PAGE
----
Arnold Clark Confirms Customer Data Compromised in Breach

Written by

UK car dealer Arnold Clark notified customers on Tuesday that their data was compromised in a data breach that took place in December 2022.

First disclosed by the company on January 03 on Twitter, the breach led to the company bringing its systems offline, including dealerships and third-party connections.

"Our priority has been to protect our customers' data, our systems and our third-party partners," the company wrote at the time.

"While this has been achieved, this action has caused temporary disruption to our business and, unfortunately, our customers."

Fast forward to this week, Arnold Clark has now confirmed that specific customer details had been compromised in the breach.

According to an email seen by Infosecurity, affected data included names, contact details, dates of birth, vehicle details and ID documents (like passports and driver's licenses). Some National Insurance numbers and bank account details were also affected.

"This incident emphasizes just how important it is for retailers to protect customer data effectively," said Erfan Shadabi, a cybersecurity expert at comforte AG.

"These industries thrive on online transactions, which also require them to collect sensitive PII [personally identifiable information] that threat actors are always targeting," Shadabi told Infosecurity in an email.

According to the security expert, companies must understand the "nature" of the sensitive data they protect and find suitable methods to guard it rather than just the borders around it.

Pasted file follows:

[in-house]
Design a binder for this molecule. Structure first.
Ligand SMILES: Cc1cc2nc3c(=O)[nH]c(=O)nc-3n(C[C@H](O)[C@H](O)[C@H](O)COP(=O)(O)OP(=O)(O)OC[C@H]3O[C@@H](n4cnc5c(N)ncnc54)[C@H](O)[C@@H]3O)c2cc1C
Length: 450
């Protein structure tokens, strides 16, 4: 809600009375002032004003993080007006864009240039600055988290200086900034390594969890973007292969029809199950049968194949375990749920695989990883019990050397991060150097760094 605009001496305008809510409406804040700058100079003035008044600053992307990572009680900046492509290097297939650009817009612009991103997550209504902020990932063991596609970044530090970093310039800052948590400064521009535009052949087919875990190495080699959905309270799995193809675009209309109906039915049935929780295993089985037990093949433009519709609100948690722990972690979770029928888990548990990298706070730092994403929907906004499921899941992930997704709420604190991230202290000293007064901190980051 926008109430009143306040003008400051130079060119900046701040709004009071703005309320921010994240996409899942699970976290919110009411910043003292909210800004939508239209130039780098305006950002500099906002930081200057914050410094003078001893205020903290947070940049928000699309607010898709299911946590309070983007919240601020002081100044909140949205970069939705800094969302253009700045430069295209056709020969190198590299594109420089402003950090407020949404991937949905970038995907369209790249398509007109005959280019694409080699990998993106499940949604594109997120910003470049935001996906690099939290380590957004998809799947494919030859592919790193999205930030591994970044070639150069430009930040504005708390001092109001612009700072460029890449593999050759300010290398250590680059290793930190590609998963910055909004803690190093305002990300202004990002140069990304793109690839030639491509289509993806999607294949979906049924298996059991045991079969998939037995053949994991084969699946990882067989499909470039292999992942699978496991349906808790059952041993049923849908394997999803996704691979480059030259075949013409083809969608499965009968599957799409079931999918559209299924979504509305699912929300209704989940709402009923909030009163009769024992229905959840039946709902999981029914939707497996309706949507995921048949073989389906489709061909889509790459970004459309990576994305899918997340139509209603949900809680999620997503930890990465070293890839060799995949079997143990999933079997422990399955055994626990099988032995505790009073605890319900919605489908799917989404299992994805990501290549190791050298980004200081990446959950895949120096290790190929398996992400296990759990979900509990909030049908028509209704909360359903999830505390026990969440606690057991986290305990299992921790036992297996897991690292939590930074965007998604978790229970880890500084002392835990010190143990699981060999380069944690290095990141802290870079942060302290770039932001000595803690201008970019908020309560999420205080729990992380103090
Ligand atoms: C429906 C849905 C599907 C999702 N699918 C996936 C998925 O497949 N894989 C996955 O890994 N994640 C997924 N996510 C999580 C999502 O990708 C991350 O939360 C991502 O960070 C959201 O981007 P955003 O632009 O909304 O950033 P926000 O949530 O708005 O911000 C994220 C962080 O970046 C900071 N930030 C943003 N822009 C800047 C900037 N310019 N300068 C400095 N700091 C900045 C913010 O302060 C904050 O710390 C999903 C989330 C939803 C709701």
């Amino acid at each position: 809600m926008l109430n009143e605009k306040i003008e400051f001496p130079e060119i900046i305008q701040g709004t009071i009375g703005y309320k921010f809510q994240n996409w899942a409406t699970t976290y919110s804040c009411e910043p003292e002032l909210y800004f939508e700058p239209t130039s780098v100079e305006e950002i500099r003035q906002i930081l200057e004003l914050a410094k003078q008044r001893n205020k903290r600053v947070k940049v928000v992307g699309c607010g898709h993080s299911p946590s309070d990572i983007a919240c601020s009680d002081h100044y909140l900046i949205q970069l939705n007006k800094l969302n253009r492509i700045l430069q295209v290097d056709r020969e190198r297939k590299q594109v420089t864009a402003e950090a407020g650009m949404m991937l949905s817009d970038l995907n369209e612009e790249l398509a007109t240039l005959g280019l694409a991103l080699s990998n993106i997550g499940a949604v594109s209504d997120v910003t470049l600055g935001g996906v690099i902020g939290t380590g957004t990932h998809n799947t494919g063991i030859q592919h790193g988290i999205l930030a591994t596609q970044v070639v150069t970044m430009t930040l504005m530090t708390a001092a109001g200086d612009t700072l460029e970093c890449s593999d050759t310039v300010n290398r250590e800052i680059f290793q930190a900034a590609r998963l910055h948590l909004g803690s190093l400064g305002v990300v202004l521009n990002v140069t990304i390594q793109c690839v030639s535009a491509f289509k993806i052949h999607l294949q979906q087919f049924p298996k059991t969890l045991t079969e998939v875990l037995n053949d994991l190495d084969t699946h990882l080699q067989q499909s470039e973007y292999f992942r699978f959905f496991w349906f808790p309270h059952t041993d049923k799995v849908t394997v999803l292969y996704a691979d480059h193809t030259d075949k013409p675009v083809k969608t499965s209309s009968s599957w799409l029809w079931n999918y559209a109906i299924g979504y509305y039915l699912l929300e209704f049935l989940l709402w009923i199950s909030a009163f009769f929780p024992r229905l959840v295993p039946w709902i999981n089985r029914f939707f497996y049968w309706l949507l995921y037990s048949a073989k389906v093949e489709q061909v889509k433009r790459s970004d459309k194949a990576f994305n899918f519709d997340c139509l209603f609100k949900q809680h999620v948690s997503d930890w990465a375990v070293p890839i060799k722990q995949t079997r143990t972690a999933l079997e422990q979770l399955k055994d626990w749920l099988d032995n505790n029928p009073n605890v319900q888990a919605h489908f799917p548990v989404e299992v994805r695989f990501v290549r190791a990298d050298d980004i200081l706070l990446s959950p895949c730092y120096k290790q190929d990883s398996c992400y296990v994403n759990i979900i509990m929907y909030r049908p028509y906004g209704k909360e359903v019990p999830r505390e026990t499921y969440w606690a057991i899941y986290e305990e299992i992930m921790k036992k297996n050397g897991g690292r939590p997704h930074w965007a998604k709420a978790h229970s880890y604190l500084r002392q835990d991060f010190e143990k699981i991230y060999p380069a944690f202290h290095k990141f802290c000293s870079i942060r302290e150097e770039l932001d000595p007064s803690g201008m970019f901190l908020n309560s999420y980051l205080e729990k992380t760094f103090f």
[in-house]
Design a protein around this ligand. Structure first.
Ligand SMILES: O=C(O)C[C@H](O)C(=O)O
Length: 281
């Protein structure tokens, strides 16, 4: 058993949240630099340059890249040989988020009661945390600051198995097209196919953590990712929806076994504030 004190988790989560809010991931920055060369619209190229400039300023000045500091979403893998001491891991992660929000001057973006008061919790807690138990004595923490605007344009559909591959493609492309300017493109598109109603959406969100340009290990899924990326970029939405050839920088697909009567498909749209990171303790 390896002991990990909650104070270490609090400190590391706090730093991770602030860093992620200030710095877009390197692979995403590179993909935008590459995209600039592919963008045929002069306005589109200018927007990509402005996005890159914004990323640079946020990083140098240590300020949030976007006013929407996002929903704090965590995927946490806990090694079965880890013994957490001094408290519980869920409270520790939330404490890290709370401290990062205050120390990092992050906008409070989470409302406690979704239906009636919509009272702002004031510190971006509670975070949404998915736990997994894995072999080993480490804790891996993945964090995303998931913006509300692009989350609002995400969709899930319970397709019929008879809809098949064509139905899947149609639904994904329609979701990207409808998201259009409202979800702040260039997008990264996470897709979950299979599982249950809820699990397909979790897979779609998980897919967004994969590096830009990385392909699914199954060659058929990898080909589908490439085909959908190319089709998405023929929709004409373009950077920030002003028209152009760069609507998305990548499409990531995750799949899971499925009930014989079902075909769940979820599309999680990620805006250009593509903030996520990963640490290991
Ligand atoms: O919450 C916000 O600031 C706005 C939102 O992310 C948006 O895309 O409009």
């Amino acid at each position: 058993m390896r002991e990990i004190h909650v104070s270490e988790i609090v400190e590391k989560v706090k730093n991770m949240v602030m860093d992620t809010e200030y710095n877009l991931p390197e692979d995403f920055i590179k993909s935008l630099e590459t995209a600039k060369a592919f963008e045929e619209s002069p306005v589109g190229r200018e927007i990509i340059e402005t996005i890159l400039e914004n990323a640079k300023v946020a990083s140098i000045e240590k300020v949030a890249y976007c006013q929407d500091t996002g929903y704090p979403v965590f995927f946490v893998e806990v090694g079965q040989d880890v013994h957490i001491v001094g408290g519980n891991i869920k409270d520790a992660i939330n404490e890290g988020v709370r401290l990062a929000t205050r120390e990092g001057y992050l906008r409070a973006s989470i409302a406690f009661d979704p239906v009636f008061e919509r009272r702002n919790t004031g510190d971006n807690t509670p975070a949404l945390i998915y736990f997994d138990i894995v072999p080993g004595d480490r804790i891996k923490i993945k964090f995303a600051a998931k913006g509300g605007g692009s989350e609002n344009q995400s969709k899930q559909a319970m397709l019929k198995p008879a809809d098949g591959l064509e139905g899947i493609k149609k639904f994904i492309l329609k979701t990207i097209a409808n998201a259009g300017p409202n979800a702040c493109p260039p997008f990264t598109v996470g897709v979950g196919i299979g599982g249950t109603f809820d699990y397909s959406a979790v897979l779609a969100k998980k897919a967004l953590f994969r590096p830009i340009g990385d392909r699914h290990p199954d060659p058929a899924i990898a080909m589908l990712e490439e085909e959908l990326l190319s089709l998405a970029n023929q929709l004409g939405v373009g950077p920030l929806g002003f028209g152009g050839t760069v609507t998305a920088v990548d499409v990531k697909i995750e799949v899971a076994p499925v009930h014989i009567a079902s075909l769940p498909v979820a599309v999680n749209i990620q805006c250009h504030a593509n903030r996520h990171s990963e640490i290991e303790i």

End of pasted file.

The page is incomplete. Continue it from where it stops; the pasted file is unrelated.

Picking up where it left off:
"Data-centric security like tokenization and format-preserving encryption isn't just for the gargantuan enterprises spanning the globe," Shadabi explained.

"Even a small- or medium-sized organization can suffer a large-scale attack on their data — to devastating consequences, unless [...] a smart, data-centric security strategy stands in the way."

In the email to customers this week, Arnold Clark also warned customers of potential phishing attacks as the company continues investigating the incident.

The attack against Arnold Clark is not the first one targeting the automotive industry in recent times.

In May 2022, General Motors revealed it was hit by a credential-stuffing attack. Months later, Holdcroft Motor Group was presented with a ransom demand after hackers stole two years' worth of data.

What’s hot on Infosecurity Magazine?